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Ian Waller attends his first opera and enjoys an amazing night of great music and real drama

Wow, the Welsh National Opera’s production of Madam Butterfly at Bristol Hippodrome was AMAZING! This was my first opera and I really knew so little about what to expect apart from a quick Wikipedia check-up for the plot and friends telling me this was a great one to start with as at least I’d recognise the music.

Still, I was a little nervous. After all, my images of opera always fell to Wagnerian images of static singers wearing Viking helmets and competing in the who can shatter most glasses competition, all in front of a very posh audience in DJs and ballgowns, trying to hide their yawns behind fans and opera glasses.

I’m very glad to say that this was nothing like the reality of my first opera.

As we took our seats in the stalls, just a few rows up from a full orchestra, it was just immediately evident that this was to be something special. It was just fantastic to watch the orchestra preparing, taking the lead of the first violin to make sure that they were all in tune and chatting about the performance to come. Around me, the barely half full Hippodrome was suddenly hushed as the orchestra stood and the conductor, Carlo Rizzi entered and took his position, immediately commanding the attention of the musicians.

This was a wonderfully innovative production of Madam Butterfly

And we were off. The sound from the orchestra was immediately entrancing, such power and beauty, such amazing skill and all taking place just a few rows away.

When the curtain came up, all of those stereotype images of the opera disappeared – here was a wonderfully modern and very clever set, based around an almost constantly revolving house, with the huge cast entering in perfectly choreographed fashion and the first of the main characters, Pinkerton, getting the performance underway.

The plot itself is, well, pretty terrible really. The American Pinkerton comes to Japan on business, buys himself a 15 year old bride – Madam Butterfly – marries her, then returns to America to leave Butterfly to raise the child he’s never met. Butterfly, meanwhile, cast out by her family, waits and hopes for Pinkerton to return, desperately believing that love will overcome. Sadly, however, the happy ending she so desires turns to predictable tragedy.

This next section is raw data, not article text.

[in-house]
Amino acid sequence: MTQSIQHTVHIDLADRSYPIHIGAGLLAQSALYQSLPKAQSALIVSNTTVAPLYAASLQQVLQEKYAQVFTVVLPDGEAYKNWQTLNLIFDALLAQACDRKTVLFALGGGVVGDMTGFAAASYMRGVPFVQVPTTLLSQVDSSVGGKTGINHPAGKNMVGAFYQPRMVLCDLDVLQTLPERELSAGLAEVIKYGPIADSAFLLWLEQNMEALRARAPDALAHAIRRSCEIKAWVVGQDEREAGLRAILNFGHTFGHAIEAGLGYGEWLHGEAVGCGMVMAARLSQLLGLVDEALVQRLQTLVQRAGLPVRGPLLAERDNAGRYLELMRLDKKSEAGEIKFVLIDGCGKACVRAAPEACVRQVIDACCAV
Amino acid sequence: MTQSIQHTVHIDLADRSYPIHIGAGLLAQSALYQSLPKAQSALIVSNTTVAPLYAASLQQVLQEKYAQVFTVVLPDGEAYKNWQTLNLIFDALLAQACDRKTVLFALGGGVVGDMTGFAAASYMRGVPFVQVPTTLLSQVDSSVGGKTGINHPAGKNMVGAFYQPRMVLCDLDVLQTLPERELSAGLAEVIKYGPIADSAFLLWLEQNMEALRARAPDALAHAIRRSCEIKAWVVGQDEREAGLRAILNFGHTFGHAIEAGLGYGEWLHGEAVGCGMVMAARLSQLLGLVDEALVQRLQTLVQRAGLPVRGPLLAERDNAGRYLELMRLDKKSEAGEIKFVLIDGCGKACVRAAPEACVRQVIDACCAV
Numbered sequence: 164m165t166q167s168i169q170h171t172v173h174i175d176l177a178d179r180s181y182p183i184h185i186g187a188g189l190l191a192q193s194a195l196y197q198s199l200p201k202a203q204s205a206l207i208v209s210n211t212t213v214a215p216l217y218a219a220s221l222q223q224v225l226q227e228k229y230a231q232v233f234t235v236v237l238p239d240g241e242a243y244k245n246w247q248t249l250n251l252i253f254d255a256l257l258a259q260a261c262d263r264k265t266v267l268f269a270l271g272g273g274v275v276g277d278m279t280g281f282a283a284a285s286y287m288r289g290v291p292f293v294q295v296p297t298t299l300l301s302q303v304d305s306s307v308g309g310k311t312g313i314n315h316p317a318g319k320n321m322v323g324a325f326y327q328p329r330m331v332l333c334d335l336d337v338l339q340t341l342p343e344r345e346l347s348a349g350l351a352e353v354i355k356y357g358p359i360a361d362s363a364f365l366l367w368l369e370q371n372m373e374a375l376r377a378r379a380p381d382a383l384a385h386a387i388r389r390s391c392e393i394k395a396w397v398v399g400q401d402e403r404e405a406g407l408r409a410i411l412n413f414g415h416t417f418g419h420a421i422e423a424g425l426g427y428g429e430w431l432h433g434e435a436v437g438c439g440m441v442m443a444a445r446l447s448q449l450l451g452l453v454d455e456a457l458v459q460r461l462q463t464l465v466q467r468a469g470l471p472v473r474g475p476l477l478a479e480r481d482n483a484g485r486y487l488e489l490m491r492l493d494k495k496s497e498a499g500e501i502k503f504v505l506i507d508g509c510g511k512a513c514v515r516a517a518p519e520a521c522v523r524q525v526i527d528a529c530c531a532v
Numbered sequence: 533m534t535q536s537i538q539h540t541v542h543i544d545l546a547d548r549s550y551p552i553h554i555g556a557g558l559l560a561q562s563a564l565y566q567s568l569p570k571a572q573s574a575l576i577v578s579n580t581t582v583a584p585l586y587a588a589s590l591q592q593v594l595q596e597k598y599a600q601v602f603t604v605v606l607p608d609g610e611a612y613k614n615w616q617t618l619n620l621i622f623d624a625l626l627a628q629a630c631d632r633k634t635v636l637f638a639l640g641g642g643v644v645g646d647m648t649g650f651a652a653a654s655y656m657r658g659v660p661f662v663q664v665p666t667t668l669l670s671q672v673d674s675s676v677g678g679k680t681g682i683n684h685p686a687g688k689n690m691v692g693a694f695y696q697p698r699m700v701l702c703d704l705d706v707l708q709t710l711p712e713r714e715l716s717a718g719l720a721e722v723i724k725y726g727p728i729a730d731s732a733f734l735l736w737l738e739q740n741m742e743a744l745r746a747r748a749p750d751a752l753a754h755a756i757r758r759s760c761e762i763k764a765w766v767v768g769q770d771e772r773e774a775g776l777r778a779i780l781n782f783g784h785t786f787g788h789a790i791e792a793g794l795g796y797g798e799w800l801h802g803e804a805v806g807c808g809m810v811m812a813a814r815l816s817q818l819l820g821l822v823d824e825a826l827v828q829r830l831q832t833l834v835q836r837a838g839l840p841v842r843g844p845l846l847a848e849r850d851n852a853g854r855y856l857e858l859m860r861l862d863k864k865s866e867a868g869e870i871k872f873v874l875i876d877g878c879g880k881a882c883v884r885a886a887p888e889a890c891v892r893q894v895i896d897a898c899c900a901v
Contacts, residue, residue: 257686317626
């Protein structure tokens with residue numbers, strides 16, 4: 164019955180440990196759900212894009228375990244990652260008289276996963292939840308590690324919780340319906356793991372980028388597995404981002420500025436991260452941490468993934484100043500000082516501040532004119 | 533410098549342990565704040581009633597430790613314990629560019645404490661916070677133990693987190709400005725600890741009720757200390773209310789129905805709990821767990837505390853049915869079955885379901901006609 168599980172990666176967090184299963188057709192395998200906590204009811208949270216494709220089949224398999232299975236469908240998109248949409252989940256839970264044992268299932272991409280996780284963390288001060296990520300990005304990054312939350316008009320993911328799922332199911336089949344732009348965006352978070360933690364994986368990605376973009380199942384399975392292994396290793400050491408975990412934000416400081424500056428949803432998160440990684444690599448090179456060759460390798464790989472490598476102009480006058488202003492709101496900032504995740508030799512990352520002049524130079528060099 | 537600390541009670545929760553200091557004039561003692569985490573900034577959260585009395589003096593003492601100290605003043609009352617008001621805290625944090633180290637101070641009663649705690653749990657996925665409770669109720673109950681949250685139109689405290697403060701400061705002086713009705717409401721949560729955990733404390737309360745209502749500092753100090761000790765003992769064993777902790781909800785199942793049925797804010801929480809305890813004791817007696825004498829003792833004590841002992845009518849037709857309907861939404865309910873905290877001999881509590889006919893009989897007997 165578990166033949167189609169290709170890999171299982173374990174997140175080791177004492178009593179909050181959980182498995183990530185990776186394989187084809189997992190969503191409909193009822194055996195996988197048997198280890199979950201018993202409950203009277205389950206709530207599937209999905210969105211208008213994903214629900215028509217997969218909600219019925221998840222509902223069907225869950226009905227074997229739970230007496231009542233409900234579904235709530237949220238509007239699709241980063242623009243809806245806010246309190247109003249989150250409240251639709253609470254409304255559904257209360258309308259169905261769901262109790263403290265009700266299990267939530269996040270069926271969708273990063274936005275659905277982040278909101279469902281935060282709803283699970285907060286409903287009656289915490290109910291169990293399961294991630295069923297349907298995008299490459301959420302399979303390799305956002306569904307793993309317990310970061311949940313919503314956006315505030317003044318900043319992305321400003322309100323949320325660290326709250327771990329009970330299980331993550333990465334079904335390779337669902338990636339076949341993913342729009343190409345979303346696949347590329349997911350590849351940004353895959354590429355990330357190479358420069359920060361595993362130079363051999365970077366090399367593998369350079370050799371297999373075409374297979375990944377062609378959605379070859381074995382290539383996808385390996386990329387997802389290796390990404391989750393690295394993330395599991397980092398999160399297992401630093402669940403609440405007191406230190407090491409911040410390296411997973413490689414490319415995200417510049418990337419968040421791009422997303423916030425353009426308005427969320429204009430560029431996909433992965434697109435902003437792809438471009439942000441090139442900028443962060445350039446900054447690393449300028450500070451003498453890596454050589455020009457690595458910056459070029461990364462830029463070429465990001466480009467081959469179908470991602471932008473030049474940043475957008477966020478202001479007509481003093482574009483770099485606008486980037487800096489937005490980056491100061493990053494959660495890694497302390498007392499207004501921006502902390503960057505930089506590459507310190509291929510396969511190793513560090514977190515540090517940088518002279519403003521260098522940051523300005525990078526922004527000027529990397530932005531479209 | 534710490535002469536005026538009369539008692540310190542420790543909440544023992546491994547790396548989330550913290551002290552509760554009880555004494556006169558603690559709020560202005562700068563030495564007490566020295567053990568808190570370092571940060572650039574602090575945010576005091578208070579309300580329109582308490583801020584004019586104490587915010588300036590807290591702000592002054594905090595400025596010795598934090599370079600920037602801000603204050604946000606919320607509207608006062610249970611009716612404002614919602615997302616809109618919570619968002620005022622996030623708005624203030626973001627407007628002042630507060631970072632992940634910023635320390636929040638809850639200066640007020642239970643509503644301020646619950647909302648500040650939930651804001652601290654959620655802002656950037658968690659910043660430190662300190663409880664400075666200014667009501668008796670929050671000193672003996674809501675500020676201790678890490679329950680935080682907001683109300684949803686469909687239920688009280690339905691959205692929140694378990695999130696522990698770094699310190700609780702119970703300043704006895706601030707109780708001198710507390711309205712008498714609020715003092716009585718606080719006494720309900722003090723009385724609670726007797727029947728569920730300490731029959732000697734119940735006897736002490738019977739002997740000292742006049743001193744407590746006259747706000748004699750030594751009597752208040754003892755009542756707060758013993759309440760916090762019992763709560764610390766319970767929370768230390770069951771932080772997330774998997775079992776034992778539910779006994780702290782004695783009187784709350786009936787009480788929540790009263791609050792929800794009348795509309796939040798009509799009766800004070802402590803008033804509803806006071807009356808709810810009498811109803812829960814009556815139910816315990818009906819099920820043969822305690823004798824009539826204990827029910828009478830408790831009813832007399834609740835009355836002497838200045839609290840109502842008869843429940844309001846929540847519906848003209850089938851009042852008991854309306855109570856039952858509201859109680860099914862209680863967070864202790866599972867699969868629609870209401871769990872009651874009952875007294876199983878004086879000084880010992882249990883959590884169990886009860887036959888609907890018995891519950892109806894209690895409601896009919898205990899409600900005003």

Throughout the cast was just incredible

How the story plays out is just incredible. While the singing is all in Italian, fortunately there’s a small screen above the stage offering a translation to help us newbies keep to speed. Even without it, however, the power of the performances and the pure drama of the whole production was just incredible. Peter Auty as Pinkerton was great to watch, all swagger and showmanship, a real taste of the worst type of imperialistic entitlement. Then there was Joyce El-Khoury as Butterfly, wonderfully delicate and innocent, naive and vulnerable.

Both central performances were incredible. Their voices were faultless, powerful and aching with emotion, all particularly impressive from Auty whose whole performance included a fair amount of physicality. But then to focus on the two central characters would be an oversight. Across the cast, the singing was sublime – to witness such energy and skill really was an experience that is so worth seeing.

Combine these performances with the innovative set and the incredible orchestra, and I became an overnight opera convert.

So next time the opera comes to the Bristol Hippodrome, go on, give it a go. Forget your preconceptions and be ready for an evening of real drama and emotion. And take a look around when you arrive – there’s a good chance I’ll be there too!

Find out more about upcoming productions at the Bristol Hippodrome here

Find out more about the Welsh National Opera here